Congress added the final paragraph as part of the Anti-Drug Abuse Act of 1988, Pub.L. No. 100-690, § 7303(a)(2), 102 Stat. 4181, 4464 (1988) (codified at 18 U.S.C. § 3565(a)) [hereinafter '88 Act]. The district court interpreted the term, "original sentence," in this paragraph to mean the three years of probation it imposed upon Clay on August 30, 1990. The district court thus felt compelled to sentence Clay to "not less than one-third" of three years, or at least twelve months. Clay argues that the "original sentence" is the maximum term of imprisonment under the sentencing guidelines for the original crime, or seven months.
Four other circuit courts have considered this very issue. The Third and Eleventh Circuits clearly support Clay's position. Gordon, 961 F.2d at 430-33; Granderson, 969 F.2d at 982-85. The Eighth and Ninth Circuits clearly support that of the government. United States v. Byrkett, 961 F.2d 1399, 1400-01 (8th Cir.1992); Corpuz, 953 F.2d at 528-30. In addition, at least one district court has recently reviewed this issue, taking Clay's position. United States v. Roberson, 805 F.Supp. 879 (D.Kan.1992). We are convinced that Clay's position is the better of the two alternatives.
A. Evaluating the Statutory Construction Arguments
1. Probation as "Sentence"
When Congress enacted the Sentencing Reform Act of 1984, Pub.L. No. 98-473, 98 Stat.1987 (codified as amended at 18 U.S.C. §§ 3551 et seq. (1988 & Supp. III 1991) and 28 U.S.C. §§ 991-98 (1988 & Supp. II 1990)), it intended to change the penological perception of probation. The committee report accompanying the statutory provision authorizing federal courts to impose probation instead of imprisonment in certain circumstances states: "In keeping with modern criminal justice philosophy, probation is described as a form of sentence rather than, as in current law, a suspension of the imposition or execution of sentence." S.Rep. No. 225, 98th Cong., 2d Sess. 88 (1983), reprinted in 1984 U.S.C.C.A.N. 3182, 3271. The version of 18 U.S.C. § 3561(a) that was passed into law reads: "A defendant who has been found guilty of an offense may be sentenced to a term of probation...." The appropriate conditions and length of probation are to be determined with reference to the same factors that guide the sentencing court in deciding the proper term of imprisonment. 18 U.S.C. § 3562(a) (1988). Thus, it is possible to understand "original sentence" to encompass a sentence of probation. See Corpuz, 953 F.2d at 529.
Probation, however, has traditionally been viewed not as a sentence of punishment, but as "a period of grace," Burns v. United States, 287 U.S. 216, 220, 53 S.Ct. 154, 155, 77 L.Ed. 266 (1932), or as "conditional liberty," Black v. Romano, 471 U.S. 606, 611, 105 S.Ct. 2254, 2257, 85 L.Ed.2d 636 (1985). Given this traditional understanding of probation, the onus was on Congress to make it absolutely clear where "sentence" is to refer to a "sentence of probation," by including the appropriate modifying prepositional phrase or by making the meaning absolutely clear from the context. Without this clarification, the term "original sentence" should mean what it has always meant--a sentence of imprisonment. Given such lack of clarity, "original sentence" in 18 U.S.C. § 3565(a) must refer to the original sentencing guidelines imprisonment range. Cf. Gordon, 961 F.2d at 432.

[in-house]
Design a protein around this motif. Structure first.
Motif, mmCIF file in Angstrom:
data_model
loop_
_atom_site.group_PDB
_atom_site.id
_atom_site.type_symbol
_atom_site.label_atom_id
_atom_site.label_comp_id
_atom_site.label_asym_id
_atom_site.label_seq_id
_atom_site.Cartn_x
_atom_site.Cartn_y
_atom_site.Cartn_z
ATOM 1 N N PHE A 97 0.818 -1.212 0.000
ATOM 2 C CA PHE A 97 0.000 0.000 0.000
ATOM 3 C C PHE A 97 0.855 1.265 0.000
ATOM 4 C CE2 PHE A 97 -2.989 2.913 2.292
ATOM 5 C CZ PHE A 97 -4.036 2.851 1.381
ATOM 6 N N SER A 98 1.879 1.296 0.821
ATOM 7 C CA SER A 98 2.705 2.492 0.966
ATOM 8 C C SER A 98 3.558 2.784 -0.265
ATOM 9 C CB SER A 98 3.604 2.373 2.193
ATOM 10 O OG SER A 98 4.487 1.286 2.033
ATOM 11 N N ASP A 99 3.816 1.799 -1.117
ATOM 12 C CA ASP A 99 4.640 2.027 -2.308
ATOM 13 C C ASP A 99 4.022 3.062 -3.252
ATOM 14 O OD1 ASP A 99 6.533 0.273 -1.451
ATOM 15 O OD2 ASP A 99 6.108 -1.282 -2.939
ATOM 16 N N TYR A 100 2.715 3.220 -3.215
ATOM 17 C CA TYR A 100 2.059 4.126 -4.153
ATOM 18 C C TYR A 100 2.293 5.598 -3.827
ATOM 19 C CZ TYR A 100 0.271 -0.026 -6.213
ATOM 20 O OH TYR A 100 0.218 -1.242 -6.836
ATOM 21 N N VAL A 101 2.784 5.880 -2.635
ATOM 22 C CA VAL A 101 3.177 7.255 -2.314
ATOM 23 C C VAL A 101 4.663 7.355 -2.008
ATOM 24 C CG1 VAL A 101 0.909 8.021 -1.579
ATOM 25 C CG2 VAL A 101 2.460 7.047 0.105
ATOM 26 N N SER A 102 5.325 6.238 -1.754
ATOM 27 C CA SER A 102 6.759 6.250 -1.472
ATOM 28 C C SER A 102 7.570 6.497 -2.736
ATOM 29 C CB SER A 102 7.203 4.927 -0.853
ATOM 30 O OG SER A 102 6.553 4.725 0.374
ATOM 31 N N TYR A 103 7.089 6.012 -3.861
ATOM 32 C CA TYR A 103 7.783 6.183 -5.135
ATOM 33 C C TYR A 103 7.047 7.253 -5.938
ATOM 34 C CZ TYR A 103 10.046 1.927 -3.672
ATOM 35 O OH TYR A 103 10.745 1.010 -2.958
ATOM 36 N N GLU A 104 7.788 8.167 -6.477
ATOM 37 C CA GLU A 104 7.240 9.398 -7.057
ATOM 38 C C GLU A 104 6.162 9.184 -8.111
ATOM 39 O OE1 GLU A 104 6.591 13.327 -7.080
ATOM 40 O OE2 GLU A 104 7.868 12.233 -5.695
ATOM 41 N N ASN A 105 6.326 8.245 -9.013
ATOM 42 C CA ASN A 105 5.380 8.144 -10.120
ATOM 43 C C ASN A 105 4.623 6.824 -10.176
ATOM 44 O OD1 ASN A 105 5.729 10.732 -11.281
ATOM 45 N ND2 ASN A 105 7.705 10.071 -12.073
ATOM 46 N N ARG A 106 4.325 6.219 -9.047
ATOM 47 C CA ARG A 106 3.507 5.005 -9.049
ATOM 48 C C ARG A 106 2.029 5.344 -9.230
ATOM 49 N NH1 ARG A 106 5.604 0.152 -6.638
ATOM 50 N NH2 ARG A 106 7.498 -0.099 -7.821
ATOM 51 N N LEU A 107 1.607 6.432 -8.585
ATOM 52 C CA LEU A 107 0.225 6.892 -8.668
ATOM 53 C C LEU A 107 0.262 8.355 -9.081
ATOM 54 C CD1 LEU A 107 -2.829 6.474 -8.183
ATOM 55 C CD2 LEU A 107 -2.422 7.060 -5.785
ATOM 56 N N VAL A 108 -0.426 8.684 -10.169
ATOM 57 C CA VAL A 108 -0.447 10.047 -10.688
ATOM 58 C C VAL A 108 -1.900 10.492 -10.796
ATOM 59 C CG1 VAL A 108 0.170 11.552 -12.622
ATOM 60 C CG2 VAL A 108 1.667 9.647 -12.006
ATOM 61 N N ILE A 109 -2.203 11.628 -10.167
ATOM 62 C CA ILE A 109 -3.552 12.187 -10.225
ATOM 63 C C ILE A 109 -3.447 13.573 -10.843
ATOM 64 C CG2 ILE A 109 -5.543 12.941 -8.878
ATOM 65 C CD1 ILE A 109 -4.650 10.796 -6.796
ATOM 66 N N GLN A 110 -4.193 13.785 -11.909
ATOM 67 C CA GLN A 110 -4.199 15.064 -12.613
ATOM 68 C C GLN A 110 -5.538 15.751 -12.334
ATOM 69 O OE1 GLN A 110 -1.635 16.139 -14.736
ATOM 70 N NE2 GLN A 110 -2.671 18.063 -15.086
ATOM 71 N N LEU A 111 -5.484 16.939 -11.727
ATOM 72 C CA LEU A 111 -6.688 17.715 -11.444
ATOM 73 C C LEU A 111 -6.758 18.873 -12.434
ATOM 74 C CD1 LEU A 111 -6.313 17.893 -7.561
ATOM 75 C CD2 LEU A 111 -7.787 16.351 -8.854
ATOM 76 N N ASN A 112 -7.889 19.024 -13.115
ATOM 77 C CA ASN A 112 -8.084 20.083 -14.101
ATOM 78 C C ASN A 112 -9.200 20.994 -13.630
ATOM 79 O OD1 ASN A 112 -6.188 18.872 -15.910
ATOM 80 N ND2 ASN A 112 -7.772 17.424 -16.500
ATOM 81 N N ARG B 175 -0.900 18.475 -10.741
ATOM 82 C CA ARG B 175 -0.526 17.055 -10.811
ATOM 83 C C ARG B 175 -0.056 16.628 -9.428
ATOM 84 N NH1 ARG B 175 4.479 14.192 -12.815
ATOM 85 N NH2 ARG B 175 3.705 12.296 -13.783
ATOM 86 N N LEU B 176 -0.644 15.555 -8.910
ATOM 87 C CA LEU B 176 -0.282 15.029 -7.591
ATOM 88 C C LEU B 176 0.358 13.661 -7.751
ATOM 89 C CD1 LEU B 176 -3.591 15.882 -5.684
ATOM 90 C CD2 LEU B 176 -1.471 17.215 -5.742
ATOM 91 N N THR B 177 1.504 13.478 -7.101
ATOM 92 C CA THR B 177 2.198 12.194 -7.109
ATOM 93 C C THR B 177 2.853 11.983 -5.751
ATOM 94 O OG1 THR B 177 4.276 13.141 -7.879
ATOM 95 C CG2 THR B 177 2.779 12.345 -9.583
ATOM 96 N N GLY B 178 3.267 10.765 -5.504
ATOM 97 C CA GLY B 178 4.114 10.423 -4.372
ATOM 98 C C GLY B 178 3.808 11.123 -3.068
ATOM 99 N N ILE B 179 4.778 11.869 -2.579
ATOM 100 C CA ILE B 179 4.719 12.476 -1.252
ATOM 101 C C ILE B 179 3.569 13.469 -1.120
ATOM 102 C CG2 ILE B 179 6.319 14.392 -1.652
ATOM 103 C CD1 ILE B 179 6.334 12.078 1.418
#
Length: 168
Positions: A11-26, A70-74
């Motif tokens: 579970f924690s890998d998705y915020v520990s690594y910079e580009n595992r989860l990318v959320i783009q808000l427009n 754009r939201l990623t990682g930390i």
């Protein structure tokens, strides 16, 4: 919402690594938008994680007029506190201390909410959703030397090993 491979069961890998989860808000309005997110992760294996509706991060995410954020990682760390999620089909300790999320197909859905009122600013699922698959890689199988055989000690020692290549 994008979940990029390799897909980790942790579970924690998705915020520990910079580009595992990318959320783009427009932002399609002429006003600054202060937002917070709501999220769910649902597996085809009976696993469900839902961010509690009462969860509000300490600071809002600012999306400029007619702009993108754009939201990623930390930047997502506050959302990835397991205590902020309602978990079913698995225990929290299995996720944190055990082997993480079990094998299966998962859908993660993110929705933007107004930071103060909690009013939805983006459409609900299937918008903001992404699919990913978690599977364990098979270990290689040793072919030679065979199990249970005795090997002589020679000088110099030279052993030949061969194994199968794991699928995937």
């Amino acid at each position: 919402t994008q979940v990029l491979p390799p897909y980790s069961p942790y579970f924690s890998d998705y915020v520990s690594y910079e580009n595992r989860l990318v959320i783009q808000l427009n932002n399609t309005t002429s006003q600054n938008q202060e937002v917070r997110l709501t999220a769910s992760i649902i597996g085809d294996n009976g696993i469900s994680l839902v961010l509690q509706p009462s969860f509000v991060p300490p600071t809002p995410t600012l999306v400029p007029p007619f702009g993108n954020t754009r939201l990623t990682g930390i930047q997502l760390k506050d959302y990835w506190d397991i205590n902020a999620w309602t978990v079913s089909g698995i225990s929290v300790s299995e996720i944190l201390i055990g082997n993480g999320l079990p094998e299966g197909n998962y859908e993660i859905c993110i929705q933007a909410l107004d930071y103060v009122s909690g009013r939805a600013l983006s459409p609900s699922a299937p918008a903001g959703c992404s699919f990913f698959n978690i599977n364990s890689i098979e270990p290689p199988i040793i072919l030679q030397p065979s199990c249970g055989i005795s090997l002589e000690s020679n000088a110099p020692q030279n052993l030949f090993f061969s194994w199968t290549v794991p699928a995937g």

2. Natural Interpretation
One might argue that the most natural interpretation of "original sentence" is simply the "sentence originally imposed," not the "maximum term of imprisonment possible but not imposed." See Gordon, 961 F.2d at 434 (Greenberg, J., concurring). Since a sentence might involve probation, the "original sentence" might mean the sentence of probation actually imposed.
But three years of probation cannot be equated with three years of imprisonment. By interpreting "original sentence" to mean original sentence of probation, this equation is made. In the instant case, Clay was initially exposed to a maximum sentence under the guidelines of seven months of imprisonment. But through the magic of semantics, Clay became exposed to up to thirty-six months of imprisonment--for merely violating probation.1 The Gordon court called this process "legal alchemy." Id. at 433.
Let us suppose, for purposes of argument, that Clay was convicted of simple possession of a controlled substance under 21 U.S.C. § 844(a) (Supp. II 1990), as opposed to merely being found in violation of the terms of her probation. The statutory maximum for this crime is one year of imprisonment. Id. Suppose also that she were resentenced upon violating her parole to the maximum term of imprisonment under the sentencing guidelines range for violating 18 U.S.C. § 1708 (her underlying offense). Her maximum exposure, should the sentences run consecutively, would be nineteen months of imprisonment. According to the government's interpretation of 18 U.S.C. § 3565(a) in this case, she would be exposed to roughly twice that.